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Logos & Episteme

Volume 5, Issue 3, 2014

Michael Shaw Perry
Pages 275-301

Externalism, Skepticism, and Belief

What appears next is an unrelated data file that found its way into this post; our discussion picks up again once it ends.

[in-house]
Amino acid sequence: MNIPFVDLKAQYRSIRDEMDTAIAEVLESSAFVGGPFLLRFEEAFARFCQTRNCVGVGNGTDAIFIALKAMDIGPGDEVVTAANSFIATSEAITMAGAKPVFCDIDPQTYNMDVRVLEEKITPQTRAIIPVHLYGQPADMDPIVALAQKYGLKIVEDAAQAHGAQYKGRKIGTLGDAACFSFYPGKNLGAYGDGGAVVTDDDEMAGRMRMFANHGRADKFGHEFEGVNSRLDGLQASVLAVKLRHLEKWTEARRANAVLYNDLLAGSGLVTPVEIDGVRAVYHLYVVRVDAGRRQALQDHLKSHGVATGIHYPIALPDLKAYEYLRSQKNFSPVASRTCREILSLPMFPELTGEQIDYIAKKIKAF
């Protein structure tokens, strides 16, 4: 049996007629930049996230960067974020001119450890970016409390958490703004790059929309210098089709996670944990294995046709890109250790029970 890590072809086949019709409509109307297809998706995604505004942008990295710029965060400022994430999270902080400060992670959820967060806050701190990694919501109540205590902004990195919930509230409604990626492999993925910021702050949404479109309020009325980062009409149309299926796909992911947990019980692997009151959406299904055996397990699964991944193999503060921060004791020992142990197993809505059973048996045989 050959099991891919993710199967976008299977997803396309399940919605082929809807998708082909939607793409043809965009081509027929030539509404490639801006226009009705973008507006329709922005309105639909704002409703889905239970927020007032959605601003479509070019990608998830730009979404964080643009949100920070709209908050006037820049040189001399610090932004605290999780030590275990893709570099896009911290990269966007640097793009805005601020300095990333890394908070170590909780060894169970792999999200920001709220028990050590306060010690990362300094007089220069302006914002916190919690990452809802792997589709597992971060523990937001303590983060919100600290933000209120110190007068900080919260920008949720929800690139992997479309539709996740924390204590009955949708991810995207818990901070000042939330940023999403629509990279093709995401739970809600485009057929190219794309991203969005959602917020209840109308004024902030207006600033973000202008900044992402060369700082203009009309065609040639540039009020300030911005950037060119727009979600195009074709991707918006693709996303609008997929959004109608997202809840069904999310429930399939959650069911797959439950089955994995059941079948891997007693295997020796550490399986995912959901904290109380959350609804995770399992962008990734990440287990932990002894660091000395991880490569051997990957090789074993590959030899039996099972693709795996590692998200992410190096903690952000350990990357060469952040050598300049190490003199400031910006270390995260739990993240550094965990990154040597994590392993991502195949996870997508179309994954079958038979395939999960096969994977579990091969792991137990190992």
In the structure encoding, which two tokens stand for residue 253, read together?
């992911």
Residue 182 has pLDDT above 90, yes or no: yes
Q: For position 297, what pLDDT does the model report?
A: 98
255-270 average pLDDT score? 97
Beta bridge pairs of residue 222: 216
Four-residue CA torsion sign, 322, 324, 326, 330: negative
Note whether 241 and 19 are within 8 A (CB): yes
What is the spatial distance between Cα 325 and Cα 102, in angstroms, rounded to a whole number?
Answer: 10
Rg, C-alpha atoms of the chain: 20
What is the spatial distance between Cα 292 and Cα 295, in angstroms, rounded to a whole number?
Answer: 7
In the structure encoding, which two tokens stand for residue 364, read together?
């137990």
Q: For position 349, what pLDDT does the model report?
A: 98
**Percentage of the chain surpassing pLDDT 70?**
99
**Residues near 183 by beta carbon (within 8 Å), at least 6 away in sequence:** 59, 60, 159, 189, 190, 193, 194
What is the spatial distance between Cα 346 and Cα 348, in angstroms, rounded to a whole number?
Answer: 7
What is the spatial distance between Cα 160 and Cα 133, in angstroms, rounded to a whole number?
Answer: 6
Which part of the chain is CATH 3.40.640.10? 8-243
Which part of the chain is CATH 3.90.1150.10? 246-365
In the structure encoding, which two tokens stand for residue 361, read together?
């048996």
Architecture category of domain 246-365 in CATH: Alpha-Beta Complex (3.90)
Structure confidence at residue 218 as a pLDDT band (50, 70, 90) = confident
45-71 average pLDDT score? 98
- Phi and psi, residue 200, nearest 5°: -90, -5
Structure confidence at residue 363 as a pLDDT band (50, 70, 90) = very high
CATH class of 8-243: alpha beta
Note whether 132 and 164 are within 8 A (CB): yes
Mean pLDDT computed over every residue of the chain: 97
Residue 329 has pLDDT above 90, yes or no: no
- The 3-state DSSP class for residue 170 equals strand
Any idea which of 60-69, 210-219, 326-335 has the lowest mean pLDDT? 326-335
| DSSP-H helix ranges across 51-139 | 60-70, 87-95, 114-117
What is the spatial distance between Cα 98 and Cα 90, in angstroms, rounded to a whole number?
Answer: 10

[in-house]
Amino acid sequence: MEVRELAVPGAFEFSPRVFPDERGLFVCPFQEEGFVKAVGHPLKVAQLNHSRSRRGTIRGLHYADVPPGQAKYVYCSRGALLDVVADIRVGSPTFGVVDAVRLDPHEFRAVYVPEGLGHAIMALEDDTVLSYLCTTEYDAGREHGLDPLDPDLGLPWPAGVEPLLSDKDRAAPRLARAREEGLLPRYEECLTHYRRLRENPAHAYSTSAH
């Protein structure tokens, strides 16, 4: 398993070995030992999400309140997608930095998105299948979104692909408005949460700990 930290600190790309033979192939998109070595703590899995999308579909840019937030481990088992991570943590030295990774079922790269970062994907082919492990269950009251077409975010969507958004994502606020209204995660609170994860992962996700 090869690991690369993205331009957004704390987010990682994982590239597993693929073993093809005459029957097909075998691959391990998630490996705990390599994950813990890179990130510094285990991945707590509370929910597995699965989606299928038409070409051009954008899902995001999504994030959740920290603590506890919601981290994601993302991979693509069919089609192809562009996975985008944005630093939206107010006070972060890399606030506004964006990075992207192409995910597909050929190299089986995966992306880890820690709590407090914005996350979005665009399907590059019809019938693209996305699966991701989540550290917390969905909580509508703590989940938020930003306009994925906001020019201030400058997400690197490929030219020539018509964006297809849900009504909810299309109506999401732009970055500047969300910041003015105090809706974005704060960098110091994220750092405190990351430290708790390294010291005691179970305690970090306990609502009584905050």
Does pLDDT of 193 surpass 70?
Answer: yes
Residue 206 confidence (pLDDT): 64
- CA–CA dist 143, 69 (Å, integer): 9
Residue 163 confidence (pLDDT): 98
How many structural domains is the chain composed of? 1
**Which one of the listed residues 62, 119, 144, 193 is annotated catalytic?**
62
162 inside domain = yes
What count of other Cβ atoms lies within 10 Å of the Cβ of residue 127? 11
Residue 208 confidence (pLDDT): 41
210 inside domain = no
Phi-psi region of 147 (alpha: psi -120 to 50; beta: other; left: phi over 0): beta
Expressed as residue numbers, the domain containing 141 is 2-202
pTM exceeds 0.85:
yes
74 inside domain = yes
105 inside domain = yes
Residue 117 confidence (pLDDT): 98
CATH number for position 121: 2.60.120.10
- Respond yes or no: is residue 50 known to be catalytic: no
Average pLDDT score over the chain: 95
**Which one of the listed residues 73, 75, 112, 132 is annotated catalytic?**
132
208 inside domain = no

In this paper I analyze epistemological externalism and its adequacy as a response to skepticism. Externalism is defined by denial of accessibility: a subject can know if a particular condition beyond truth and belief is satisfied, even if the subject has no reflective access to the satisfaction of the condition. It hence has quick responses to skepticism. Three sorts of skepticism are differentiated and discussed: high standards skepticism, Cartesian-style skepticism, and Pyrrhonism. If we decouple high standards and Cartesian-style skepticism, a simple fallibilism is a superior response to the first and externalism is an unsatisfying response to the second. Pyrrhonism reveals what it is missing in externalism. Pyrrhonism targets belief and so redefinitions of knowledge are insufficient as a reply. Externalism assumes we have beliefs and asks what must be added to achieve knowledge, but if we look at the epistemic situation the externalist puts us in, it is not clear we would form or retain beliefs. In similar circumstances the Pyrrhonist suspends judgment. Once we are clear how Pyrrhonism actually challenges externalism it provides a direct and more revealing critique, making clear what is given up and pointing the way for further epistemological inquiry.

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